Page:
Samsung has made it possible to run the VMware Horizon virtual desktop across both an external monitor and an attached Galaxy smartphone or tablet. The capability provides hybrid workers without a PC the option of using Windows across two displays.
Samsung's Desktop Experience (DeX) lets people connect their Galaxy mobile devices to a monitor, keyboard and mouse to run Android and Windows applications on a bigger screen. People can join the devices with Bluetooth or a USB-C cable.
The latest announcement extends the display capability to VMware's virtual desktop running on a Galaxy device, Samsung said last week. Companies running VMware's virtual desktop infrastructure in the data center have requested the feature to make remote work more accessible.
"It's almost perfect timing for it," as corporate employees bounce between remote and in-office work as the COVID-19 pandemic wanes, said IDC analyst Phil Hochmuth. Also, using an external monitor makes employees more productive, he added.
Some employees might get by using a Galaxy device and monitor instead of a PC, said Andrew Hewitt, an analyst at Forrester Research. "It should make it easier for IT admins to manage remote hardware because they won't have to send full PCs to people's homes -- perhaps just a few peripherals."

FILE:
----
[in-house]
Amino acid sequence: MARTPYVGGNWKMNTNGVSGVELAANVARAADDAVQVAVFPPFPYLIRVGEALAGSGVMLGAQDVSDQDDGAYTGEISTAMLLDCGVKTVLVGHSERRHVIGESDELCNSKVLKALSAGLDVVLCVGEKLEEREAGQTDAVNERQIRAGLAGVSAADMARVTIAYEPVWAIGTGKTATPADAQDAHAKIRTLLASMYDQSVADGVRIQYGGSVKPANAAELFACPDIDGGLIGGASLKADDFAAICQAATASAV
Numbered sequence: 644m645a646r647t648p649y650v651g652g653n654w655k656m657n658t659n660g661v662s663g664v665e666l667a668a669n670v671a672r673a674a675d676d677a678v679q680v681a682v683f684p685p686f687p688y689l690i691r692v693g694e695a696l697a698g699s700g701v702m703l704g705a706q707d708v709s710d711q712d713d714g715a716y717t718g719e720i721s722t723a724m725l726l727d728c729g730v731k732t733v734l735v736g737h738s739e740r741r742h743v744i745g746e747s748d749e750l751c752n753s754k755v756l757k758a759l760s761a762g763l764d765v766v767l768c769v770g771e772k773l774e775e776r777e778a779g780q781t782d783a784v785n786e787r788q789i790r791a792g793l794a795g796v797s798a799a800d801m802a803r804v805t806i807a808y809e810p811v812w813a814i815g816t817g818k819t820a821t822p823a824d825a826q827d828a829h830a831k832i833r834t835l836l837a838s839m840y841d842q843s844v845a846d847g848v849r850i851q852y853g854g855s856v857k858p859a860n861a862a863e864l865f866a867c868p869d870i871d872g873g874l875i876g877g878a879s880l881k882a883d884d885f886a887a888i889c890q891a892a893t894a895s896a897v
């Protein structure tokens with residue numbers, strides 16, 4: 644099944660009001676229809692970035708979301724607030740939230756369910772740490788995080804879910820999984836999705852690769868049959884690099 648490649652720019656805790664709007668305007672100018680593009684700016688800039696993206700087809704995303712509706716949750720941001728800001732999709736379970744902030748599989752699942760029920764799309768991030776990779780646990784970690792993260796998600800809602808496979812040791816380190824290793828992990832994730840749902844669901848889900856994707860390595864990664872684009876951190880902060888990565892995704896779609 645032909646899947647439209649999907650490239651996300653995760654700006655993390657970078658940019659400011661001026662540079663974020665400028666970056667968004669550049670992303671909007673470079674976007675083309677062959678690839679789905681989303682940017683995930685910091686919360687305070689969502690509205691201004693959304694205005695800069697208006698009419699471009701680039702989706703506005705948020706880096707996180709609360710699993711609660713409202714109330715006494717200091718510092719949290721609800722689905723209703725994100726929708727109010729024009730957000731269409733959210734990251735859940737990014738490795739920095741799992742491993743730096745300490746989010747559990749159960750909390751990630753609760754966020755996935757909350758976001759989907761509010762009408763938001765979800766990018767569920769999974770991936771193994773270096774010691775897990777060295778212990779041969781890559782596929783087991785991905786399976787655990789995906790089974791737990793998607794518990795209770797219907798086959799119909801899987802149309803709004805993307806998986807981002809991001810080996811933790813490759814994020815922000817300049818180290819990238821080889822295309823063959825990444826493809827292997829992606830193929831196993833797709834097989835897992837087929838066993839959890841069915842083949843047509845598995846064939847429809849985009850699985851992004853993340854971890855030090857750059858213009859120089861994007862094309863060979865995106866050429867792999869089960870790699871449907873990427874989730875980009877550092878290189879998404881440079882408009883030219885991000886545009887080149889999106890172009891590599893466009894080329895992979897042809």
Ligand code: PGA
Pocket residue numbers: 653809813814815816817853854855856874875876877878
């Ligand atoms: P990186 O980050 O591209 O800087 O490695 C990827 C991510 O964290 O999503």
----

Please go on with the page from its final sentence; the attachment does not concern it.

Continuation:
Samsung devices supporting the latest capability include the Tab S series, starting with S4, and the Tab Active series tablets, starting with Active 3. Other hardware consists of the Galaxy S smartphones series, beginning with the S8 and all Z Fold series smartphones.
Samsung's latest mobile devices, the Galaxy Tab 8 series tablets and the Galaxy S22 series smartphones, will support screen sharing while running the Horizon virtual desktop. Samsung unveiled the new hardware at its Unpacked event last week.
Samsung designed DeX in a way that turns its flagship devices into thin clients. In addition to VMware, Samsung has worked with Microsoft to run a Windows Virtual Desktop on their devices.
Running a virtual desktop on a mobile device has become more feasible in recent years due to the rise of more powerful smartphones and tablets. Finance and healthcare are among the vertical industries most likely to use mobile devices in place of a PC.
Proponents argue that mobile desktop virtualization offers flexibility to workers on the go and addresses security concerns when a device is lost or stolen. But until Samsung's DeX, a mouse input wasn't possible on certain legacy apps, including virtual desktops.
Maxim Tamarov is a news writer covering mobile and end-user computing. He previously wrote for The Daily News in Jacksonville, N.C., and the Sun Transcript in Winthrop, Mass. He can be found on Twitter at @MaximTamarov.